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Beginning XHTML

Printing and Paginated Media

Earlier in this chapter, we talked about media groups. One of these media groups dealt with presentation to continuous and paginated media.

As we said before, paginated media is different from continuous media in that the document content is split into discrete 'pages' when it is rendered. Continuous media, as its name implies, does not split the document content, keeping it as one continuous entity when it is rendered.

In summary, there are three ways of handling printed media:

You can use any or all of these methods when creating a document.

The print media type allows us to change the presentation of the document: things like whether to use a serif or a sans-serif font, which the font-size, background-colors, etc. We talked about the print media type and other media types earlier in this chapter.

The page breaking properties allow us to relate how content is displayed on the pages defined by the @page rule: things like avoiding page breaks before certain elements and forcing an image to appear on a right-hand page, etc.

The @page rule allows you to define the context for printing - in essence, it allows you to describe the paper: things like the size of the paper, its margins, and so on.

We will learn about the @page rule and the page breaking properties in the following sections.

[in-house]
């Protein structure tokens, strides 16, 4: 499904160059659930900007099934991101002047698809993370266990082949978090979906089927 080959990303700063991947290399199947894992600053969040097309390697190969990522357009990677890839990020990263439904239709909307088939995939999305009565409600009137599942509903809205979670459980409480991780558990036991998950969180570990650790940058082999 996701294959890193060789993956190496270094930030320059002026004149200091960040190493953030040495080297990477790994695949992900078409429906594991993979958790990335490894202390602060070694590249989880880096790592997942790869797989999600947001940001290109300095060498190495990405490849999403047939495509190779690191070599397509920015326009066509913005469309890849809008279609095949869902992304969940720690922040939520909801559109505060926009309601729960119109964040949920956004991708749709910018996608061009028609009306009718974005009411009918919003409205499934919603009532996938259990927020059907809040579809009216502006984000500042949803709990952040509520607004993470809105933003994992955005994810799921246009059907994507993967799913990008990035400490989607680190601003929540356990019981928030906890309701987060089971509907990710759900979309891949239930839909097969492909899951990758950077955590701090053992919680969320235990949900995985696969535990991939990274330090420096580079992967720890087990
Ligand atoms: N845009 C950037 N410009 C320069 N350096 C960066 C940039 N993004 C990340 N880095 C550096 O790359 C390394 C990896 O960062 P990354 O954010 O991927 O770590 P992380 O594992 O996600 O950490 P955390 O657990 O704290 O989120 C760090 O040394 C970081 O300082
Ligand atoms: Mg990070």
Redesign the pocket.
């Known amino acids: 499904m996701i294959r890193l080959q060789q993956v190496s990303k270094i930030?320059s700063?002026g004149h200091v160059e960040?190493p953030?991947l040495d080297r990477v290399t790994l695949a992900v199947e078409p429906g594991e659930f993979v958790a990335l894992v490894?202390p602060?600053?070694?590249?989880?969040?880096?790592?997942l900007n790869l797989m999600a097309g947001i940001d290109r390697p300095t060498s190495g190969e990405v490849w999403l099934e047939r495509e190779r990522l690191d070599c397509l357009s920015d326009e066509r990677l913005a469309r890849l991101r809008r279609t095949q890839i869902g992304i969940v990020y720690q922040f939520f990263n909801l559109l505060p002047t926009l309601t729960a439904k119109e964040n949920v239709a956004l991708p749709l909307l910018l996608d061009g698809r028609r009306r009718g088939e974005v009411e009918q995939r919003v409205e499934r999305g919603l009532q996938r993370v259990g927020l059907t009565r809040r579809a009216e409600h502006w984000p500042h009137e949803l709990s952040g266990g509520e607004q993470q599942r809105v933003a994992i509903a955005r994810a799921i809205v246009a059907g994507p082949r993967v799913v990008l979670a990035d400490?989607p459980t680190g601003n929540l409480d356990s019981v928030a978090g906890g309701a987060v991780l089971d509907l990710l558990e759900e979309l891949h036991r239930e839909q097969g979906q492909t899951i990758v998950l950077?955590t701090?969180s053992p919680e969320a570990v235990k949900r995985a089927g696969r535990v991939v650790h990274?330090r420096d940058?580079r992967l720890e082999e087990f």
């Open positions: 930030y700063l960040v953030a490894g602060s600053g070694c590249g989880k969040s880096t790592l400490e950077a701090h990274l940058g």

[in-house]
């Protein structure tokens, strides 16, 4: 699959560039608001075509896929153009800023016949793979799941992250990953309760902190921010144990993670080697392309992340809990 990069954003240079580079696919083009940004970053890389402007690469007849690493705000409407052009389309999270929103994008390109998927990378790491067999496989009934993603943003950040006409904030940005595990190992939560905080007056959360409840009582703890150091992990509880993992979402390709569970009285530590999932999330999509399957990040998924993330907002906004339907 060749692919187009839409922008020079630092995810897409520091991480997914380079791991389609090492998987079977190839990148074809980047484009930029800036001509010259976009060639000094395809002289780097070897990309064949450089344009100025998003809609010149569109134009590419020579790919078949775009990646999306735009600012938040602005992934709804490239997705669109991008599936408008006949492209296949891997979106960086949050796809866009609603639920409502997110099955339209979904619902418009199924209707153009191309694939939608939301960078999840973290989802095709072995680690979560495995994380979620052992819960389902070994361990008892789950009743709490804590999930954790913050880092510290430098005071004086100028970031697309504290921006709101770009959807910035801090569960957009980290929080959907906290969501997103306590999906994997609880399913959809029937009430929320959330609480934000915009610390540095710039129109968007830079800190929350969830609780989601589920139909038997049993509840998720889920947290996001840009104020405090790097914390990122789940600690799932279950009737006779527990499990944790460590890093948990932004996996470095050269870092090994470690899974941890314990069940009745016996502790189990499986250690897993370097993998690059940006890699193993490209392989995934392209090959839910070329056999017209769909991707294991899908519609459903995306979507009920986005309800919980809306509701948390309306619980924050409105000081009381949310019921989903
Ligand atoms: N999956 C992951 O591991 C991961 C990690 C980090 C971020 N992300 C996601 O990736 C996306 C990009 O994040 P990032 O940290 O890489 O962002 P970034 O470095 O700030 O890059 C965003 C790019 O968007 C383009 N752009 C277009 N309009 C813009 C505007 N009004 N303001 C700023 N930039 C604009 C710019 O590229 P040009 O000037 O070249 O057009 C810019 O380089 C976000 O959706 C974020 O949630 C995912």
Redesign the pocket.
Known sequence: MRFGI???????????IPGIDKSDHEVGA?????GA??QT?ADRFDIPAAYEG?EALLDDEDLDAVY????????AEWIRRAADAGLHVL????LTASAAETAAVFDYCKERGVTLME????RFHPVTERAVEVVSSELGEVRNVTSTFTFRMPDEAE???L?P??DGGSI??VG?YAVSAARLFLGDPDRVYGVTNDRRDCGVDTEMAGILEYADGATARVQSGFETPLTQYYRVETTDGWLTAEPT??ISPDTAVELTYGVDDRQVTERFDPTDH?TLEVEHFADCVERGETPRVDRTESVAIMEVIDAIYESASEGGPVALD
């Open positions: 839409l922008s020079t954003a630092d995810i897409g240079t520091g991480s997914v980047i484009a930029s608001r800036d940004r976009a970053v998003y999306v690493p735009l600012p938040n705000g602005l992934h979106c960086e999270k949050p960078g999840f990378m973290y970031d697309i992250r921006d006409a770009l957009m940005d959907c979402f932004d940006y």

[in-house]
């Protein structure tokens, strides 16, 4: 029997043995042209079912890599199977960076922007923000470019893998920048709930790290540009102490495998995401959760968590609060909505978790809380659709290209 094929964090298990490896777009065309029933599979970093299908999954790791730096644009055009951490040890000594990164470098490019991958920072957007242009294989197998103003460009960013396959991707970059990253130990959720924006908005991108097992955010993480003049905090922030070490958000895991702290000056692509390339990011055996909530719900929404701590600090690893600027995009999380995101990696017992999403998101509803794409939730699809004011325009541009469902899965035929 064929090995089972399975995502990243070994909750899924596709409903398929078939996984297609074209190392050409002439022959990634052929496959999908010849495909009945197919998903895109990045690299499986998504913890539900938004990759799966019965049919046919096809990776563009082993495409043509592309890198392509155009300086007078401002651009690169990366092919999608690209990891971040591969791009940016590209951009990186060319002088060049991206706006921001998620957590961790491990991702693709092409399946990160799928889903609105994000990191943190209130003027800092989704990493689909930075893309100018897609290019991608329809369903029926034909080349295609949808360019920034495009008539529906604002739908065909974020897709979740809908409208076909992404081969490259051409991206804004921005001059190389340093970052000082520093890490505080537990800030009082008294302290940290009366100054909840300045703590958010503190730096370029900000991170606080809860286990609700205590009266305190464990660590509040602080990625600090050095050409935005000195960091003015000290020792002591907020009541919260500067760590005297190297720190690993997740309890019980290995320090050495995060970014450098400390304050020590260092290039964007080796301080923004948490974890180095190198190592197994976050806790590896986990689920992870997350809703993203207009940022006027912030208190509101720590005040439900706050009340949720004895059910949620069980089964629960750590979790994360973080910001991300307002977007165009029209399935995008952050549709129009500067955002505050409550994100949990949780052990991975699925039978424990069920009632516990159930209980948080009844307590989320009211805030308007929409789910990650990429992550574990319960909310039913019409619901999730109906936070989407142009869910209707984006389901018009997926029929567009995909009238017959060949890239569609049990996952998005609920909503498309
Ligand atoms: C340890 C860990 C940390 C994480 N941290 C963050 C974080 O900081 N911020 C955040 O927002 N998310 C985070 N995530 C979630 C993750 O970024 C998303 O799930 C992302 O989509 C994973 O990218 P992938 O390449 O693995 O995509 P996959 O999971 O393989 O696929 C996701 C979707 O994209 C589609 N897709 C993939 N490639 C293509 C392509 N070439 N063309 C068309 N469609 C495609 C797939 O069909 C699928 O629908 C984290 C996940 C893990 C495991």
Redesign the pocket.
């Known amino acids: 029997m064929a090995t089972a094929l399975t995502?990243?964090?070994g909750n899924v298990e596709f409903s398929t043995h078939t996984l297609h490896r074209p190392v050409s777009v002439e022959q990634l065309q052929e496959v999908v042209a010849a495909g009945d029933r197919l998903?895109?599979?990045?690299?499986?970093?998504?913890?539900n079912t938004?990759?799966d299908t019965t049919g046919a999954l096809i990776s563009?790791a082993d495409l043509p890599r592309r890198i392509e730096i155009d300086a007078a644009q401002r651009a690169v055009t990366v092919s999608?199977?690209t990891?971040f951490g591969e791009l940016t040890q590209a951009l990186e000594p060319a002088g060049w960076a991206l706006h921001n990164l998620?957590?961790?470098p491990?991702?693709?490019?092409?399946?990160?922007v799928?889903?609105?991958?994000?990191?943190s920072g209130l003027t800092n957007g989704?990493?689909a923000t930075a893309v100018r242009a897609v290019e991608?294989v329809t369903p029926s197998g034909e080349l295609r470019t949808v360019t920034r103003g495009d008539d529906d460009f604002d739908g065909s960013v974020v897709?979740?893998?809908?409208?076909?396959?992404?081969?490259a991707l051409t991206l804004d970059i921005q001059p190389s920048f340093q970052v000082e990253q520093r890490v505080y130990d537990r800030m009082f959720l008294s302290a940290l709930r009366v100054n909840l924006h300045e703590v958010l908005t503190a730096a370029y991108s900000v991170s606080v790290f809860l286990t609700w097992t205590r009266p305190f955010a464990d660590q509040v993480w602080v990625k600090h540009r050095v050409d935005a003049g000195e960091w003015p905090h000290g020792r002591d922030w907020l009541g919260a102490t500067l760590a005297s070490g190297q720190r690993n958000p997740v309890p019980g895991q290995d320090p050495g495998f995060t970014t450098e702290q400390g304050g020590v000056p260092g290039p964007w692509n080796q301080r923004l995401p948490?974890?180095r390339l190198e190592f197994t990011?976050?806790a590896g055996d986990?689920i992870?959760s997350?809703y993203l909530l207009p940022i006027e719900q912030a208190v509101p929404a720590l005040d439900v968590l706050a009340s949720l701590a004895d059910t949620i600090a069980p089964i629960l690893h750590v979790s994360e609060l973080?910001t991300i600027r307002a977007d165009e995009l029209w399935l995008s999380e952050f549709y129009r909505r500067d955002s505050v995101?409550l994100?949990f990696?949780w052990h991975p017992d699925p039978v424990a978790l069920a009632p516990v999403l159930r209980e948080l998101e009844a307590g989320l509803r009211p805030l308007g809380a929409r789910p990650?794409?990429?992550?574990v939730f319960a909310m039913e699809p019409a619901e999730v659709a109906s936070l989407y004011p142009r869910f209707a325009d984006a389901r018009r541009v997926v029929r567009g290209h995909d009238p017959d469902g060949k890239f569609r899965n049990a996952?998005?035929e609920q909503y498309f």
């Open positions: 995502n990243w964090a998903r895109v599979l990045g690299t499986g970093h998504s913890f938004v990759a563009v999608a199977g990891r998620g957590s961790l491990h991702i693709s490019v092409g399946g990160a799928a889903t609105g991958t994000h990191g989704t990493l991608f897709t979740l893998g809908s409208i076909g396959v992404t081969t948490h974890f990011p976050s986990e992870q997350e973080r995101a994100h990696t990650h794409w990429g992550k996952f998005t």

Page Breaking Properties

Page breaking properties provide a way for us to control where page breaks (i.e. where one page ends and the next one begins) occur when our document is printed. New sections and chapters often begin on new pages and you may wish to control page breaks around images (perhaps forcing a page break before an image or preventing a page break following an image).

For example, if we want to make a paragraph start on a new page, we would write:

<p style="page-break-before: always">
  This is the first paragraph of text on a new page.
</p>

In this example, we set the page-break-before property to always, which means that a page break will always occur before this paragraph.

You can also use style sheets, as in this example:

h1 { page-break-before: always }

This means that every level-one header will start on a new printed page.

There are several page breaking properties:

Each of these properties can have different values that affect whether the page break occurs all of the time or under special conditions.

The 'page-break-before' and 'page-break-after' Properties

As you can guess, the page-break-before property controls whether a page break occurs before an element. Likewise, the page-break-after property controls whether a page break occurs after an element. Both of these properties can have one of the following values and meanings:

Value page-break-before page-break-after
"auto" A page break should not be forced or forbidden before the element. A page break should not be forced or forbidden after the element.
"always" A page break should be forced (always occur) before the element. A page break should be forced (always occur) after the element.
"avoid" A page break should be avoided before the element. A page break should be avoided after the element.
"left" One or more page breaks should be forced so that the element appears on the left hand page. One or more page breaks should be forced so that the content appearing after the element appears on the left hand page.
"right" One or more page breaks should be forced so that the element appears on the right hand page. One or more page breaks should be forced so that the content appearing after the element appears on the right hand page.

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Created: April 19, 2001
Revised: April 19, 2001

URL: http://webreference.com/authoring/languages/xhtml/beginning/chap13/3/